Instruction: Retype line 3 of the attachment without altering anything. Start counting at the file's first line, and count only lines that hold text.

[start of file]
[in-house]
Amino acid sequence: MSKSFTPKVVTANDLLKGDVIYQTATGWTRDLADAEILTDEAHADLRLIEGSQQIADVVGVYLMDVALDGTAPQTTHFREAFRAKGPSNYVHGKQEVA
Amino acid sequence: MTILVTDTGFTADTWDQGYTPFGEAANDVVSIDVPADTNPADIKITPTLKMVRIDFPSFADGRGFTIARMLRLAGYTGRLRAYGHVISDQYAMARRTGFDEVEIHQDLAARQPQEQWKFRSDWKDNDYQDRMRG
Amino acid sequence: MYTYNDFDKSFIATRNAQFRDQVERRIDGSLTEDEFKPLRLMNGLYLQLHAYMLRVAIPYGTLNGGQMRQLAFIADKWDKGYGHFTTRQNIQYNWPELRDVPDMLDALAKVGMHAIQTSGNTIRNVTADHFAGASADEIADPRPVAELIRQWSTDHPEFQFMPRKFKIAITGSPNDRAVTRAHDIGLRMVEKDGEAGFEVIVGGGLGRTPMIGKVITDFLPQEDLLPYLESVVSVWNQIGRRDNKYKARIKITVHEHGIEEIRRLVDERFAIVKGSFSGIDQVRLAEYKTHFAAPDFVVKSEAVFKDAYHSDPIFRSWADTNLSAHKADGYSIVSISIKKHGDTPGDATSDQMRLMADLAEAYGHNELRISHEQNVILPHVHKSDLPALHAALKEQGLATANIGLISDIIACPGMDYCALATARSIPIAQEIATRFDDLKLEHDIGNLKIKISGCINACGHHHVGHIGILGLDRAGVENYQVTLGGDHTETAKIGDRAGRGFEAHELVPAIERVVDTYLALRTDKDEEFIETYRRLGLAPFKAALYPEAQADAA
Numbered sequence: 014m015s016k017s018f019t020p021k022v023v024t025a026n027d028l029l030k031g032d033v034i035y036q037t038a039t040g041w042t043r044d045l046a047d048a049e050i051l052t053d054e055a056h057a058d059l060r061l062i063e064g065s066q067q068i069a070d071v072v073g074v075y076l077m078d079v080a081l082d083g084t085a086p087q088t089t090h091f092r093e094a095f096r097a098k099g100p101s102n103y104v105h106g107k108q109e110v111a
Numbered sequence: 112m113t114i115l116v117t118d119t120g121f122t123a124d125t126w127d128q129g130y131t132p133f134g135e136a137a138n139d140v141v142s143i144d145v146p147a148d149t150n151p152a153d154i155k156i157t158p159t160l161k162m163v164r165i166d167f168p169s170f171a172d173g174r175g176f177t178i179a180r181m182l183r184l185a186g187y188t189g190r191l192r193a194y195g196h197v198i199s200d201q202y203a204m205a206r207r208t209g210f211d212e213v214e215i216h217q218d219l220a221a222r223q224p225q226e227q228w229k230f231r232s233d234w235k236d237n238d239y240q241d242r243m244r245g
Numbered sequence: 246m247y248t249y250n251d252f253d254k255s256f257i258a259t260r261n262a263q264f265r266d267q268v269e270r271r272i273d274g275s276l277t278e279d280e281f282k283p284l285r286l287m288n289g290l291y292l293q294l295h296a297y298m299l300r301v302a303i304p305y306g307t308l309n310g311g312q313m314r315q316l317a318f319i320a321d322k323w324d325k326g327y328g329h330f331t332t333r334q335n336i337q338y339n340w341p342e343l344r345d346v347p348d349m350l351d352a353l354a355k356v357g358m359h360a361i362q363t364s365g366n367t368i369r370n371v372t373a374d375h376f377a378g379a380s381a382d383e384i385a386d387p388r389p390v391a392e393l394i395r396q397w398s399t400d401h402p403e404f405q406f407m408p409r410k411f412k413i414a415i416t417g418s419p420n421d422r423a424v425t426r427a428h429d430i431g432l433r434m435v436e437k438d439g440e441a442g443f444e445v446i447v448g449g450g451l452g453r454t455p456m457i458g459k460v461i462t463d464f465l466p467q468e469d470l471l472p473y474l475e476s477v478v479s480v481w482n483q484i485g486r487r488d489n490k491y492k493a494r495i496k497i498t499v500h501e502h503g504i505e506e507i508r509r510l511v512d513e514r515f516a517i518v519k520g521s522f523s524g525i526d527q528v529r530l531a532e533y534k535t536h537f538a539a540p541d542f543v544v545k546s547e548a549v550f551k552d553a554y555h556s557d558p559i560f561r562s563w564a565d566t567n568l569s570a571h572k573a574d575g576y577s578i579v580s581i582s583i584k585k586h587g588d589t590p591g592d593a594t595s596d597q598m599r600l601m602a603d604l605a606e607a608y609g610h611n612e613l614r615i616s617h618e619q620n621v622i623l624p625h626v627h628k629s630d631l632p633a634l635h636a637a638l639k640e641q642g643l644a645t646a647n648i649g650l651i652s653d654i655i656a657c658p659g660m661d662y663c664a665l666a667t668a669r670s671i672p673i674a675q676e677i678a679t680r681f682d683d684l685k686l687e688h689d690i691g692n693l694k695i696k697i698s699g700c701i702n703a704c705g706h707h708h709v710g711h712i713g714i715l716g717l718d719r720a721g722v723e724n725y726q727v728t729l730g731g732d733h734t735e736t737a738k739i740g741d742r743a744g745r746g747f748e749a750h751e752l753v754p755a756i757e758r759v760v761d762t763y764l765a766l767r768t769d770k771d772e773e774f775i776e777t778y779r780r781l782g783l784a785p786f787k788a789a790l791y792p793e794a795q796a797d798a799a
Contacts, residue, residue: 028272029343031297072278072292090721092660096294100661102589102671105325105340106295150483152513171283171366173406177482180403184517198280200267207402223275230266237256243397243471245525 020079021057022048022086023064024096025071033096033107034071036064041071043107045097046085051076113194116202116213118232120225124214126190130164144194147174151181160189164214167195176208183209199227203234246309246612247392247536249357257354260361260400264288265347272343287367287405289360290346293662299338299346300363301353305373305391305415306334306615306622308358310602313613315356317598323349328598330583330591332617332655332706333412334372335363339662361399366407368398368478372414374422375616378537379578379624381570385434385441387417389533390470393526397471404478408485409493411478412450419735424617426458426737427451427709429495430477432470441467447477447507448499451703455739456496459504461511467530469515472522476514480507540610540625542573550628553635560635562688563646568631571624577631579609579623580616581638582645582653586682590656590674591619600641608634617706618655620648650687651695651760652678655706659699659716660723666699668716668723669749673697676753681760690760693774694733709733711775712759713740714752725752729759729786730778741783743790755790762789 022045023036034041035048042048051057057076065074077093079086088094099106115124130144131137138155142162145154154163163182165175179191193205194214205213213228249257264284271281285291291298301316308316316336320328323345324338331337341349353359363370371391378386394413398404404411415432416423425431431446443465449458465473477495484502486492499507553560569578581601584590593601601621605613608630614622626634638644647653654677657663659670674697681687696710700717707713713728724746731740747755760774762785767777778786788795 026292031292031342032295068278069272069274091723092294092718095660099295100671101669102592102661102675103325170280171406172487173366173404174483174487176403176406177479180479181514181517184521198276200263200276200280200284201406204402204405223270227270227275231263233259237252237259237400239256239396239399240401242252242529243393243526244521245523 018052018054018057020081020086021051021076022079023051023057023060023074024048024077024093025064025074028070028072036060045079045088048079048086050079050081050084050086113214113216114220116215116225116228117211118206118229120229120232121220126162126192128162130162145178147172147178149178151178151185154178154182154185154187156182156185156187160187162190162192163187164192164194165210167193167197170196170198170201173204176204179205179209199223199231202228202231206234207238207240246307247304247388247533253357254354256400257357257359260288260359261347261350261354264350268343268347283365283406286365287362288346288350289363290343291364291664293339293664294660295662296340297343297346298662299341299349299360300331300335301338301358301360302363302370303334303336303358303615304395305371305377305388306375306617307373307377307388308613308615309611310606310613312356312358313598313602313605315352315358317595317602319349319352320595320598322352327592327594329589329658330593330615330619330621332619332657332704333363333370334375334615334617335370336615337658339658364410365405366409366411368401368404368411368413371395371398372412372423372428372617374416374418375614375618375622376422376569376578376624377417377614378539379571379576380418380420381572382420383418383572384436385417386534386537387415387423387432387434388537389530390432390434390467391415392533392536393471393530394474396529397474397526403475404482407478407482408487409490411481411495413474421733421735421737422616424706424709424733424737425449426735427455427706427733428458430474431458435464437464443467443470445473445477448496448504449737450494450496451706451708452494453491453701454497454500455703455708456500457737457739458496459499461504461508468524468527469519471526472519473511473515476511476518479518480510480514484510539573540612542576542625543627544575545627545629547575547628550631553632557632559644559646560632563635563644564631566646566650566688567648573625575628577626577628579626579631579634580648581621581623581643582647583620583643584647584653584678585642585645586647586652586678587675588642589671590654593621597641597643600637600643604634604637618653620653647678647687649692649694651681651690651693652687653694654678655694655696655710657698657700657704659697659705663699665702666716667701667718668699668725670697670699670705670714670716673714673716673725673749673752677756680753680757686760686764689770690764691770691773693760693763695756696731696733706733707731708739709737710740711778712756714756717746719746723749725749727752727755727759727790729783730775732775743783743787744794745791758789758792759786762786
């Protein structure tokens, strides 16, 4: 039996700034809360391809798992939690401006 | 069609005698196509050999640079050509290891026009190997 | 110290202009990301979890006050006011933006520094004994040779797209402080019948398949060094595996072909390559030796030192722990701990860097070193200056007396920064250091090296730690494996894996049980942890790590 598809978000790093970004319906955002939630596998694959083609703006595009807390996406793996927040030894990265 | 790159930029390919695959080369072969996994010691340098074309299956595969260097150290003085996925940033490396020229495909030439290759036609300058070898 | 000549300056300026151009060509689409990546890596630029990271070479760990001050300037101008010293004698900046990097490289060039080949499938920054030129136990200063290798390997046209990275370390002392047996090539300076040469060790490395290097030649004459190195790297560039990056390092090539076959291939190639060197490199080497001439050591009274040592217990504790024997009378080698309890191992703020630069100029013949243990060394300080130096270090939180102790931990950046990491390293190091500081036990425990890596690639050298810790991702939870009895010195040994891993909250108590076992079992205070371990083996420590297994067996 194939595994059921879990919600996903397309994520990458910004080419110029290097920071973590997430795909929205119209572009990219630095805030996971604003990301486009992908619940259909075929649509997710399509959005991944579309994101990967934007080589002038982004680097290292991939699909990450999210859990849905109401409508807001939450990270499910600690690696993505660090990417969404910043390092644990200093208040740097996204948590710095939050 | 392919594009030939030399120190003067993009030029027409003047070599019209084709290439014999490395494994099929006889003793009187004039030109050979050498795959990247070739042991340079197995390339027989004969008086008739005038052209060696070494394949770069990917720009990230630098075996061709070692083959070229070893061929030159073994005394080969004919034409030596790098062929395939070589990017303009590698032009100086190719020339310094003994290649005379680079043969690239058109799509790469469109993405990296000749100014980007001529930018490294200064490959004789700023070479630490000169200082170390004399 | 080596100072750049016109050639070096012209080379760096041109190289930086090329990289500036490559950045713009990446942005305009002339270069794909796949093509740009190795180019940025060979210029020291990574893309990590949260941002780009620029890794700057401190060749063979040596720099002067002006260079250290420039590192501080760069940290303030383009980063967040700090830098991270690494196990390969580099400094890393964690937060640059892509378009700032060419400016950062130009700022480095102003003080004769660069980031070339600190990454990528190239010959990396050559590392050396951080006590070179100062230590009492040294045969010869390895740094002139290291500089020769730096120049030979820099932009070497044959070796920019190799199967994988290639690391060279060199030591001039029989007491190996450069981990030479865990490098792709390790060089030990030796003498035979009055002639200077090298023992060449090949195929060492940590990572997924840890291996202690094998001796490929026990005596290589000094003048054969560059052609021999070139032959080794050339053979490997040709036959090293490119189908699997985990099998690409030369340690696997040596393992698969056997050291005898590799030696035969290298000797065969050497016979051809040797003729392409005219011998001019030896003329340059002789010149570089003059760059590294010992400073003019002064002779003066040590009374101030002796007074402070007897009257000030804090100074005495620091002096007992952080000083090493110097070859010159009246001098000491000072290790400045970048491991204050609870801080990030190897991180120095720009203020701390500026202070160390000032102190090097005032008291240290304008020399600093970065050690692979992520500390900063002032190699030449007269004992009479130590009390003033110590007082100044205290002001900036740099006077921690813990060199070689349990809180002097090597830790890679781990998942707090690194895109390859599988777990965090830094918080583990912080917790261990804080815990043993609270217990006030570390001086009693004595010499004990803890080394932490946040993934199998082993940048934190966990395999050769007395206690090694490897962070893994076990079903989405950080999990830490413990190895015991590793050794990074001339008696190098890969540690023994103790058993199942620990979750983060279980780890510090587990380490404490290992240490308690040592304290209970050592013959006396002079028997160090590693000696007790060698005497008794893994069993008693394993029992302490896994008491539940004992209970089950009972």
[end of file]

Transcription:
Amino acid sequence: MTILVTDTGFTADTWDQGYTPFGEAANDVVSIDVPADTNPADIKITPTLKMVRIDFPSFADGRGFTIARMLRLAGYTGRLRAYGHVISDQYAMARRTGFDEVEIHQDLAARQPQEQWKFRSDWKDNDYQDRMRG